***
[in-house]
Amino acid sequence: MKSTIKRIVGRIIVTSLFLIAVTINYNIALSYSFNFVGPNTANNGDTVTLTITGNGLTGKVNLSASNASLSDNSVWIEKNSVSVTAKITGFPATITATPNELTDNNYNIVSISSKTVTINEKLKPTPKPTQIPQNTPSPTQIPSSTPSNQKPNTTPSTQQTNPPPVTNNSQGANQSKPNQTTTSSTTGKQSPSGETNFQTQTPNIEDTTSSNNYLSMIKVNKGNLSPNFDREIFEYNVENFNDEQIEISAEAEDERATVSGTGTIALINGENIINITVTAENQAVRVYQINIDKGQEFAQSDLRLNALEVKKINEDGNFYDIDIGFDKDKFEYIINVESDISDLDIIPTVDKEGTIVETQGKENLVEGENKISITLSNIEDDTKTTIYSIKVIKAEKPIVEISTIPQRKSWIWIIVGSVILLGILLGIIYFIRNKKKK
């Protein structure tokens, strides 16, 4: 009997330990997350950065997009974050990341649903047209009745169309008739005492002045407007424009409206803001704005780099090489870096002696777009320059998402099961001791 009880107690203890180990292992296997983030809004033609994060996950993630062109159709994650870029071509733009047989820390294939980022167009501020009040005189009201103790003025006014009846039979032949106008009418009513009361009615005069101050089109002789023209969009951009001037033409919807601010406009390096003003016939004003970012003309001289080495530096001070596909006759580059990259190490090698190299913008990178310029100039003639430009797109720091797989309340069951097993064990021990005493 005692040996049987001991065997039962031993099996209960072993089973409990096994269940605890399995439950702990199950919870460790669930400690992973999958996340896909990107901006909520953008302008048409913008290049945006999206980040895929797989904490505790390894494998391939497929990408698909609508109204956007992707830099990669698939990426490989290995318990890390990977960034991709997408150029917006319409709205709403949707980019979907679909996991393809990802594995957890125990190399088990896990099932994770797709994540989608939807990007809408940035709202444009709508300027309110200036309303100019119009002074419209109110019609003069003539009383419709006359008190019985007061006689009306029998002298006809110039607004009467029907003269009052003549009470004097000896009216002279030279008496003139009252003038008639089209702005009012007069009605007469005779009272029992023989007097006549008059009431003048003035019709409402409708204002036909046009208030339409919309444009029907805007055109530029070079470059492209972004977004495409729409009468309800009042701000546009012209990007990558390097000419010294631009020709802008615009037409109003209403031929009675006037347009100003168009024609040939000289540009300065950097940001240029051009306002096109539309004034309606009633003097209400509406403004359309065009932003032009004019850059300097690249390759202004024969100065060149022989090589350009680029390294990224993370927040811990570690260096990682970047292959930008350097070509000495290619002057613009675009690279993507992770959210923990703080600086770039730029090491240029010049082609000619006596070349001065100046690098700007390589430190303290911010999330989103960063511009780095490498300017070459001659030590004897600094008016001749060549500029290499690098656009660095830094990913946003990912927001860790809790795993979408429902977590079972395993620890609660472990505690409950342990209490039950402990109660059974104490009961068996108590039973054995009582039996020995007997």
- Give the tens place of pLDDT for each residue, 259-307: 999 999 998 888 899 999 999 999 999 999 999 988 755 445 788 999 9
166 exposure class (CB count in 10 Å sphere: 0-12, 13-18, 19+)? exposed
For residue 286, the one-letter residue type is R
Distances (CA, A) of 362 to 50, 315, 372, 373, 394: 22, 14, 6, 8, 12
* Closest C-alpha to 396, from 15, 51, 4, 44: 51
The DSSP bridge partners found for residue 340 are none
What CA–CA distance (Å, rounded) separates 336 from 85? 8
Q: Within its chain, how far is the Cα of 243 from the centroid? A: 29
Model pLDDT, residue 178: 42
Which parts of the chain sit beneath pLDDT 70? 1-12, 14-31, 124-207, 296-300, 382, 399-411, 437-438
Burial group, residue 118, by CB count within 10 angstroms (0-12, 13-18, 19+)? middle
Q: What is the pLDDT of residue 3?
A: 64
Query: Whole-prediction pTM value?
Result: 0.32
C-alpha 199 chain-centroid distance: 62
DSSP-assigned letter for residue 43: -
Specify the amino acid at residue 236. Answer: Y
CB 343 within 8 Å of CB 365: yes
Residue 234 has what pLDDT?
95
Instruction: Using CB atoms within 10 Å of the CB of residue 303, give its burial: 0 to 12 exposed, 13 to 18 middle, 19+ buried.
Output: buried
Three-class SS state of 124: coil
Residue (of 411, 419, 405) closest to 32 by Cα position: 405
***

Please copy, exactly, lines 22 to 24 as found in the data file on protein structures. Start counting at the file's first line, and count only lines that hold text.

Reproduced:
CB 343 within 8 Å of CB 365: yes
Residue 234 has what pLDDT?
95